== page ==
While Asia's inflation has remained lower than global peers, rising shipping costs may change that soon, said the International Monetary Fund (IMF) in its blog.
As economies recover from the effects of the COVID-19 pandemic, the pent-up demand, higher cash flow from financial stimuli, supply challenges and global logistical disruptions have contributed to inflation in many countries.
But Asian economies, both advanced and emerging, have managed to navigate through the pandemic without reaching similar levels of inflation.
IMF data shows that headline inflation in Asian Emerging Markets and Developing Economies (EMDE) stood at 2.9 percent. Non-Asian EMDE headline inflation was at 6.6 percent at the same time. Asian Advanced Economies (AE) had a headline inflation of 1.3 percent compared to 3.3 percent in other AE.
Differences in inflation figures for more volatile goods like food and energy were starker. Food inflation was only at 1.6 percent in Asian EMDE compared to 9.1 in Non-Asian EMDE. Energy inflation in Asian AE was at 4.2 percent compared to 6.8 percent in other AE.
"Several factors explain Asia’s lower inflation. Among Asia’s emerging economies, a delayed recovery has kept core inflation—which strips out volatile food and energy costs—running at half the rate of peers in other regions," the IMF said.
Global pressures increasing economic inflation are expected to gradually recede in 2022. But increasing prices for shipping costs may prove to be an issue for Asian economies.
"One benchmark measure of global shipping costs, the Baltic Dry Index, tripled this year through October: our analysis shows such large increases in shipping costs boost inflation for 12 months, which could add about 1.5 percentage points to the pace of Asia’s inflation in the second half of 2022," said the international economic body.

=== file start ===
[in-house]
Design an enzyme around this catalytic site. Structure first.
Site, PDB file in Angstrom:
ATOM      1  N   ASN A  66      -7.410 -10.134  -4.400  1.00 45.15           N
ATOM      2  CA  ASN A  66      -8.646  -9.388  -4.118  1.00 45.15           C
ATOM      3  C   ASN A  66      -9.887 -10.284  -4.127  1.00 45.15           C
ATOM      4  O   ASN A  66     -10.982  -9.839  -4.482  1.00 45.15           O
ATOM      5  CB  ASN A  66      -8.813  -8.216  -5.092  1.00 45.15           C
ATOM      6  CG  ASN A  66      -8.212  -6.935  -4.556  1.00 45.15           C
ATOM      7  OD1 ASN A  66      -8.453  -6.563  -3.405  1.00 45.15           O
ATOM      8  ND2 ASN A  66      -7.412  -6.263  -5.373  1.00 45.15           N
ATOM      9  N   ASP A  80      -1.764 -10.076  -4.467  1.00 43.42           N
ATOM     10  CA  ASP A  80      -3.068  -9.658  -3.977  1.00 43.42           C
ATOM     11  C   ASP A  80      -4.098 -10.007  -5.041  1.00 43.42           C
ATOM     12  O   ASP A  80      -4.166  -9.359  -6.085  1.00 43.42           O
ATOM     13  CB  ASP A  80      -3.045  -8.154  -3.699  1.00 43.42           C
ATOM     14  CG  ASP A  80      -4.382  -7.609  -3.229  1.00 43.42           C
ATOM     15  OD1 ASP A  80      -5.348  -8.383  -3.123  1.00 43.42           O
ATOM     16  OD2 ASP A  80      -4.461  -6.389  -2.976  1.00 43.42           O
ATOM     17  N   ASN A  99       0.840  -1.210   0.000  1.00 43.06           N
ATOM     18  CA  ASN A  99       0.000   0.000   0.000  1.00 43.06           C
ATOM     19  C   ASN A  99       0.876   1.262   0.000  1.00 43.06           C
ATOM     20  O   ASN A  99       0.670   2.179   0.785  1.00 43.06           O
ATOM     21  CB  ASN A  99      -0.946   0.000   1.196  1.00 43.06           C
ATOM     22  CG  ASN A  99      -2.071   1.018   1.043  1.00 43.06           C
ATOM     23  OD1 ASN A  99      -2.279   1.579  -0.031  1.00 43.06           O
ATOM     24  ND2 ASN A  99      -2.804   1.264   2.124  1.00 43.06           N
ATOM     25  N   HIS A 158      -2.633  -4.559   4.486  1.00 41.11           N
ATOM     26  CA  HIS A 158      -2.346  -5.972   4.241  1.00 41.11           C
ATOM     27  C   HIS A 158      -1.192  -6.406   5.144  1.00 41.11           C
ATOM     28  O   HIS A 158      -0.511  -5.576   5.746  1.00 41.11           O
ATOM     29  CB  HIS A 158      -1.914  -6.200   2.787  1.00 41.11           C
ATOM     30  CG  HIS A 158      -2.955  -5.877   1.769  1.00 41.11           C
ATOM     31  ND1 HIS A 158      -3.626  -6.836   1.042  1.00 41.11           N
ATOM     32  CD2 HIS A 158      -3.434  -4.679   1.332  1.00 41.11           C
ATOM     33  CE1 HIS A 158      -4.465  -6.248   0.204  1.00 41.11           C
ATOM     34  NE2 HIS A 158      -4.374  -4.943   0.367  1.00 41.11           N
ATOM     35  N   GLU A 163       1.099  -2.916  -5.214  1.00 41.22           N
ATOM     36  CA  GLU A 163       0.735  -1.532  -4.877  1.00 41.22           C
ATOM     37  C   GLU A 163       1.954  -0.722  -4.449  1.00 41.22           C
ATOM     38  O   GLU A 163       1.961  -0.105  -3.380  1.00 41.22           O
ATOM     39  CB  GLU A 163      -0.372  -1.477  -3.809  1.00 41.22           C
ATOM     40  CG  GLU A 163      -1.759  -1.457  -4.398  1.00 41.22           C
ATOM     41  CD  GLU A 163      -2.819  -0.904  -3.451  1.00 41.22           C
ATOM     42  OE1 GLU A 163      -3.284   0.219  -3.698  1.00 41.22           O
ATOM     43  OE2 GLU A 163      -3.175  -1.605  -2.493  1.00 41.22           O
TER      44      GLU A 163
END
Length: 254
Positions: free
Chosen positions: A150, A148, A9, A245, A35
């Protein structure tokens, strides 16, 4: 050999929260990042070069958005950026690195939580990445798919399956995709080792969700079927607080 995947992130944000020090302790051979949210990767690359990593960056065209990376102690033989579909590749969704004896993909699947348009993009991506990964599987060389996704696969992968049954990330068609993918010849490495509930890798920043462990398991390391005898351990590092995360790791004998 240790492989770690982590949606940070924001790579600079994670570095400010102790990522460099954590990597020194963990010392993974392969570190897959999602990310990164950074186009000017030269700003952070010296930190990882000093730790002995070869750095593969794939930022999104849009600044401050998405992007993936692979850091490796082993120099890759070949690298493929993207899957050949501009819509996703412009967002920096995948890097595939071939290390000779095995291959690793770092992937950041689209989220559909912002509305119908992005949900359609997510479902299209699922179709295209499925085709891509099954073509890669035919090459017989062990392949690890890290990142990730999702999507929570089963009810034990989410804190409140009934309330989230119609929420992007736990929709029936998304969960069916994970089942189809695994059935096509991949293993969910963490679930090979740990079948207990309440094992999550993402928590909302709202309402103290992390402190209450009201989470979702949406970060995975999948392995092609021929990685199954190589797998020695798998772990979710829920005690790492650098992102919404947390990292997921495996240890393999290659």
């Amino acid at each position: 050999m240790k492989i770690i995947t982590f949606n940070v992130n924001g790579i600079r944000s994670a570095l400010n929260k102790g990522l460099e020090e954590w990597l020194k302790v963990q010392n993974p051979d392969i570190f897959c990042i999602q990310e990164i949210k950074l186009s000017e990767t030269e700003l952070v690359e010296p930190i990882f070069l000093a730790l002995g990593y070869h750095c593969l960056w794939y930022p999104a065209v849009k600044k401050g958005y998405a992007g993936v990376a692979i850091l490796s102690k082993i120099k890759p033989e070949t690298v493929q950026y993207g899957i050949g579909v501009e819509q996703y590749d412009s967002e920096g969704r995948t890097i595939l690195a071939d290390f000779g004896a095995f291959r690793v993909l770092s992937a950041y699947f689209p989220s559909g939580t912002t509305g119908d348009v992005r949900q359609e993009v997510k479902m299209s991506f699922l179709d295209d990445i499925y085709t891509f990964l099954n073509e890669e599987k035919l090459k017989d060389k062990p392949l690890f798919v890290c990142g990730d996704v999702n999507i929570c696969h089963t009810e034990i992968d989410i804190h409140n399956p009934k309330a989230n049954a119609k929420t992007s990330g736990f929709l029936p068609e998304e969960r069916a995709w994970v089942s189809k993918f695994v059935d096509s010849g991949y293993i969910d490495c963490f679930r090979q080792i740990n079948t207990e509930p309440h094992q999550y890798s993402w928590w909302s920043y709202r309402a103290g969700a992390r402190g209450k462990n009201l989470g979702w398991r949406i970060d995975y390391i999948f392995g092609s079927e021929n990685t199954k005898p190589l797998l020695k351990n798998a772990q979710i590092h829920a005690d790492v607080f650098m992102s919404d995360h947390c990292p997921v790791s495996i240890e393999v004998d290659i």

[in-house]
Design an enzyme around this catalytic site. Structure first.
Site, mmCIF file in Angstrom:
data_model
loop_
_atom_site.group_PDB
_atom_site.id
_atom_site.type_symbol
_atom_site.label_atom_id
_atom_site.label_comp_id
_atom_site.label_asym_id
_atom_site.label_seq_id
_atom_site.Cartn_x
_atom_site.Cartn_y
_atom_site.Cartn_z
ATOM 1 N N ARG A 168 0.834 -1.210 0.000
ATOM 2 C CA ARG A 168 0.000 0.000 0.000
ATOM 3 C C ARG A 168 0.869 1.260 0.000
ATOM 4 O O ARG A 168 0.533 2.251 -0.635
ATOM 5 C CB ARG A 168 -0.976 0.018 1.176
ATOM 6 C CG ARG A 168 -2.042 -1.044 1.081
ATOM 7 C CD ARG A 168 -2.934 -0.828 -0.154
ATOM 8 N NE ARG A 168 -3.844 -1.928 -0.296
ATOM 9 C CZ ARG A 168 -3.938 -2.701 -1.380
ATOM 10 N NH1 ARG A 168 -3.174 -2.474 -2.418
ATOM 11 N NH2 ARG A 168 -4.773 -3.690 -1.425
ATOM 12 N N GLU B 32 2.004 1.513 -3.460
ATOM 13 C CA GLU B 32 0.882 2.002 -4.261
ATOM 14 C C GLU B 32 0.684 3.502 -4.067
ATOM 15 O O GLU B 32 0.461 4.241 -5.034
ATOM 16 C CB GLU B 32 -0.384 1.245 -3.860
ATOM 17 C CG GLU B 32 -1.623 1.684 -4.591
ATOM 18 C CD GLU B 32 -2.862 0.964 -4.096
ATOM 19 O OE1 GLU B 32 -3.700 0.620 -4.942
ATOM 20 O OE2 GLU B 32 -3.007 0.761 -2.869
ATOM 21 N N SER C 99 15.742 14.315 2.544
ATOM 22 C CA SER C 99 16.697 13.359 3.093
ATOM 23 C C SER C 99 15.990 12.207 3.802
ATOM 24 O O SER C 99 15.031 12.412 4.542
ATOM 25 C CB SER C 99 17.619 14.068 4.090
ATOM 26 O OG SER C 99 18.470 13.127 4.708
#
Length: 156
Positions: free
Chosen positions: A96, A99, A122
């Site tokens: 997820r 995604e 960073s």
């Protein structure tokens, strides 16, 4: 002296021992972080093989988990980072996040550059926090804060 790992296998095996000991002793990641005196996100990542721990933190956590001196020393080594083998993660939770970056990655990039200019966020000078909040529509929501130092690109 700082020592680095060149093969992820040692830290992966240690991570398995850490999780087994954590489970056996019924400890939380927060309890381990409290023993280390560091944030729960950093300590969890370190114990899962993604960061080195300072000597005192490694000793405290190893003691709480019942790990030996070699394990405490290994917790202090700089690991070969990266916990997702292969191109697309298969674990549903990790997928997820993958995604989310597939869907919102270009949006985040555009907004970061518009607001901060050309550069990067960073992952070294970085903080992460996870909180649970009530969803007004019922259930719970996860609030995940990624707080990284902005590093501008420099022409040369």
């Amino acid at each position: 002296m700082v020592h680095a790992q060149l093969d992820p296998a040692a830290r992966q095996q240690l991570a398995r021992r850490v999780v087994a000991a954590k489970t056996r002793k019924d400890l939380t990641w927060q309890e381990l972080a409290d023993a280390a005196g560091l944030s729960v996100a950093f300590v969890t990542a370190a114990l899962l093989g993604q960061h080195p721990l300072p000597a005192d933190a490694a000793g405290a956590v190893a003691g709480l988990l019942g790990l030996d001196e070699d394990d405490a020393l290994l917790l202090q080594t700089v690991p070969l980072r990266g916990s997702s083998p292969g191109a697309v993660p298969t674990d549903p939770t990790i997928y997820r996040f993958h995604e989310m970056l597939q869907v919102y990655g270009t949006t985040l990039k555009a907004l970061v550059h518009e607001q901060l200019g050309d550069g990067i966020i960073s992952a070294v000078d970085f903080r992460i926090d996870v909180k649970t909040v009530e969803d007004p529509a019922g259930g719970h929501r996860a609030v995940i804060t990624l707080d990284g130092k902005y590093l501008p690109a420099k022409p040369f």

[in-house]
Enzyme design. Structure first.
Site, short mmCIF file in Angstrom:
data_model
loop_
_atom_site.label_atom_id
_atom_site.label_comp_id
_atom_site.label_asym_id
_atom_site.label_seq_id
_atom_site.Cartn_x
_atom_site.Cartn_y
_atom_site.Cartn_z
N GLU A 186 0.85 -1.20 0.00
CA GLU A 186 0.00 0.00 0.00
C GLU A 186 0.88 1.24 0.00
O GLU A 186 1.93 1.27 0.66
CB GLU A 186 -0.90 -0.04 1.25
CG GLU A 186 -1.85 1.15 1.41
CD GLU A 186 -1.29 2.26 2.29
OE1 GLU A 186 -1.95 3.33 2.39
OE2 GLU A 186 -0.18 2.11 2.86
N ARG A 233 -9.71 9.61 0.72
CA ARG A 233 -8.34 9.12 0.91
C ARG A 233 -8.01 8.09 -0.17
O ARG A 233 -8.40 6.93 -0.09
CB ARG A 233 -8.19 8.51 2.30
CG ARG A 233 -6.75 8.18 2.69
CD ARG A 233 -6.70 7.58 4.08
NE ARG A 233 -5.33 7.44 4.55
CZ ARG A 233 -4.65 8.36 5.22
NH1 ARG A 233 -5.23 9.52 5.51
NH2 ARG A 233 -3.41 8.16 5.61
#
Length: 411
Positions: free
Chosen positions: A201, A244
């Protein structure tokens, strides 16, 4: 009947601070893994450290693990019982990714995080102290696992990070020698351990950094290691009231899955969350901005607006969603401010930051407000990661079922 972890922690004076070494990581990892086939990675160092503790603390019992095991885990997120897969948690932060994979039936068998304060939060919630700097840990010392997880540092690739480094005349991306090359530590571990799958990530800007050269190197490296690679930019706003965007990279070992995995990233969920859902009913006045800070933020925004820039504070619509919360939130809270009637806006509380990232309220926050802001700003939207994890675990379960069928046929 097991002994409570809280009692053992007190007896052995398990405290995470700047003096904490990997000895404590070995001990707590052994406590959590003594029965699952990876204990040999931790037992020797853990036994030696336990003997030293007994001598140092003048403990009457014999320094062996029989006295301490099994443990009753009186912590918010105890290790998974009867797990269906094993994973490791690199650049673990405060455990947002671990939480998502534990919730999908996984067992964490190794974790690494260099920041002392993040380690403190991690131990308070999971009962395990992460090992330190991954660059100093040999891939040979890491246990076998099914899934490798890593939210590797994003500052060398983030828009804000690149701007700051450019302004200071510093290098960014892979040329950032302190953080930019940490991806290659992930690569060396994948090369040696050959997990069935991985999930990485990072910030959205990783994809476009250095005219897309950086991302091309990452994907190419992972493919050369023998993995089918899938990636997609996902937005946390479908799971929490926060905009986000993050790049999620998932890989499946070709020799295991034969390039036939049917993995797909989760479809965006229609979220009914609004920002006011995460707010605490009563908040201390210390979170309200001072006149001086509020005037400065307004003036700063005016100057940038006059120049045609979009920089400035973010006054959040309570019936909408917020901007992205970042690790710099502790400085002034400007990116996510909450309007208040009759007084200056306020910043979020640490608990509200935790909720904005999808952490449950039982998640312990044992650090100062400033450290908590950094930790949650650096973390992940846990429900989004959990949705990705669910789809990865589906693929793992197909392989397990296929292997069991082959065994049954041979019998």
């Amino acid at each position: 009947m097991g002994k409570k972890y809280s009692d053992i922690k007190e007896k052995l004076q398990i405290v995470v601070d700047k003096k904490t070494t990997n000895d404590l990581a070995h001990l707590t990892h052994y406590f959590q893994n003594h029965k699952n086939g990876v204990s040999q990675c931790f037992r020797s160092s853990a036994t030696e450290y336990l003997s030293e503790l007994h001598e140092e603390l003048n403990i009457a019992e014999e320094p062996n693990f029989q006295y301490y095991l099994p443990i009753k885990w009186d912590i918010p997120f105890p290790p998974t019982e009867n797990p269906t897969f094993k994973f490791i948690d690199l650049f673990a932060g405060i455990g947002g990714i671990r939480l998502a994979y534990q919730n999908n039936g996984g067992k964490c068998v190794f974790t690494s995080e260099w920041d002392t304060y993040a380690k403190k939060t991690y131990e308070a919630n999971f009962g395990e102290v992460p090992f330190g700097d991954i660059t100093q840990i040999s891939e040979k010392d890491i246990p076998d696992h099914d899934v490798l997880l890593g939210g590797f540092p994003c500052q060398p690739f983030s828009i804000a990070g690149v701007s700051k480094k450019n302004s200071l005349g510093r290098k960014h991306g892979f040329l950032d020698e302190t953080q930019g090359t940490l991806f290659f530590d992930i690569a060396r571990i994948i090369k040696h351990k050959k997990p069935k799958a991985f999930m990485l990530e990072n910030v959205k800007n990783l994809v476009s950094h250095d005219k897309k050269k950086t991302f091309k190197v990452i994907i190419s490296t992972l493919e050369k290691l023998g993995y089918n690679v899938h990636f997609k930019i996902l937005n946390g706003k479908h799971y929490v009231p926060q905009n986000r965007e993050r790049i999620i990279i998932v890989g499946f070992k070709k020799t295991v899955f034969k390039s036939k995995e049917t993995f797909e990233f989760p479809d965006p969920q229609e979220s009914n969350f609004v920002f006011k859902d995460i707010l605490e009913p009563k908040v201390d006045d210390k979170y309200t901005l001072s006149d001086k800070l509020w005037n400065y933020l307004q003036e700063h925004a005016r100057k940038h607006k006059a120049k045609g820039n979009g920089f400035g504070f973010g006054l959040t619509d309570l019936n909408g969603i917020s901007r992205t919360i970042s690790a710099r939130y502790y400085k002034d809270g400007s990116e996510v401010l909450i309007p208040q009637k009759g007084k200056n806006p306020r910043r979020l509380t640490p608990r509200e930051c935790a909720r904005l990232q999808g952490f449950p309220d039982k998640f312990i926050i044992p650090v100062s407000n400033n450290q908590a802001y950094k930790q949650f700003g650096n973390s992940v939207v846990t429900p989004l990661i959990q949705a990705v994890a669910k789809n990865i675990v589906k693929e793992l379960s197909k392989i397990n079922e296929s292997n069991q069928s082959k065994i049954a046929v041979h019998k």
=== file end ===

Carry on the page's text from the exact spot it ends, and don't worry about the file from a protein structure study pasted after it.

The rise in global shipping rates has been precipitated by the turbulent changes brought on by the COVID-19 pandemic. When the pandemic first forced countries to close down in 2020, international trade was brought to a screeching halt. While the effect of lockdown on maritime shipping was less severe than initially thought, its repercussions are still being felt. The economic recovery demands global shipping to catch up to the pent up demand for shipping and trade while global logistics chains lie in a shambles.
In 2021, maritime trade had to suddenly ramp up its services, something that it was unprepared for. Local restrictions due to the Delta variant made matters more complicated. The Suez-Ever Given crisis earlier this year added to the woes.
Container shortages, with containers being stuck far inland in port, labour shortages due to lockdown restrictions, higher costs for fuel, and ports backed up with ships trying to load and unload meant that shipping times were extended by several weeks, and costs continued to rise. While prices have marginally declined from all-time highs earlier in the year as the peak season recedes, they still remain at elevated levels.
The World Container Index is still up by 169 percent, with prices of $9,292.39 per 40ft on December 16, according to data from Drewry, an independent maritime research consultancy.
Experts estimate that it can take up to 30 months for prices to fall back down to normal, but additional pressures may make the new prices ‘stickier’. For consumers in the meantime, this can lead to prices of certain goods go up by up to 10 percent. Items like computers and other electronic products, bulky items like furniture, and apparel and clothing products can all see an increase of 10 percent in their cost, according to estimates by the United Nations Conference on Trade and Development (UNCTAD) in a report. The UNCTAD report highlighted that the surge in freight rates can contribute to a 1.5 percent increase in consumer prices globally.